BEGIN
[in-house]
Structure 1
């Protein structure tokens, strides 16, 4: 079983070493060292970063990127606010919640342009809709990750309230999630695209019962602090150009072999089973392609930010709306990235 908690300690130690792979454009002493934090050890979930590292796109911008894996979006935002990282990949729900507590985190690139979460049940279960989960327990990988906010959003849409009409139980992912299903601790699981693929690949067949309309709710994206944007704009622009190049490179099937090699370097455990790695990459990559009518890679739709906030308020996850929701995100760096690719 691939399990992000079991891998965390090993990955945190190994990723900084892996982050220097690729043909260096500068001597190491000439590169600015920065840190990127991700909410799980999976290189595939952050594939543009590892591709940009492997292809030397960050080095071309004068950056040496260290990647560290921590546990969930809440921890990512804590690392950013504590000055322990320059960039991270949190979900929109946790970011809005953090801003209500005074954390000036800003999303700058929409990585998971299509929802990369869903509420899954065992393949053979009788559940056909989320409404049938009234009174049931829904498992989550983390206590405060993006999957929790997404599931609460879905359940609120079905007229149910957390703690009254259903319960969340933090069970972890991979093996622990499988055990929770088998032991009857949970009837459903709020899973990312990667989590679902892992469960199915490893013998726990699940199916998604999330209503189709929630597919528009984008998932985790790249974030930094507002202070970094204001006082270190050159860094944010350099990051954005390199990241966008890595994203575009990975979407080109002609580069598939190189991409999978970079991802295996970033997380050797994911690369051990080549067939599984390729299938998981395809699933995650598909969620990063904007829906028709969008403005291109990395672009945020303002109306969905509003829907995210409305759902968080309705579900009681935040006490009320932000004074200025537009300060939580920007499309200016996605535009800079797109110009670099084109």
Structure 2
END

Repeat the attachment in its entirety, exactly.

[in-house]
Structure 1
């Protein structure tokens, strides 16, 4: 079983070493060292970063990127606010919640342009809709990750309230999630695209019962602090150009072999089973392609930010709306990235 908690300690130690792979454009002493934090050890979930590292796109911008894996979006935002990282990949729900507590985190690139979460049940279960989960327990990988906010959003849409009409139980992912299903601790699981693929690949067949309309709710994206944007704009622009190049490179099937090699370097455990790695990459990559009518890679739709906030308020996850929701995100760096690719 691939399990992000079991891998965390090993990955945190190994990723900084892996982050220097690729043909260096500068001597190491000439590169600015920065840190990127991700909410799980999976290189595939952050594939543009590892591709940009492997292809030397960050080095071309004068950056040496260290990647560290921590546990969930809440921890990512804590690392950013504590000055322990320059960039991270949190979900929109946790970011809005953090801003209500005074954390000036800003999303700058929409990585998971299509929802990369869903509420899954065992393949053979009788559940056909989320409404049938009234009174049931829904498992989550983390206590405060993006999957929790997404599931609460879905359940609120079905007229149910957390703690009254259903319960969340933090069970972890991979093996622990499988055990929770088998032991009857949970009837459903709020899973990312990667989590679902892992469960199915490893013998726990699940199916998604999330209503189709929630597919528009984008998932985790790249974030930094507002202070970094204001006082270190050159860094944010350099990051954005390199990241966008890595994203575009990975979407080109002609580069598939190189991409999978970079991802295996970033997380050797994911690369051990080549067939599984390729299938998981395809699933995650598909969620990063904007829906028709969008403005291109990395672009945020303002109306969905509003829907995210409305759902968080309705579900009681935040006490009320932000004074200025537009300060939580920007499309200016996605535009800079797109110009670099084109």
Structure 2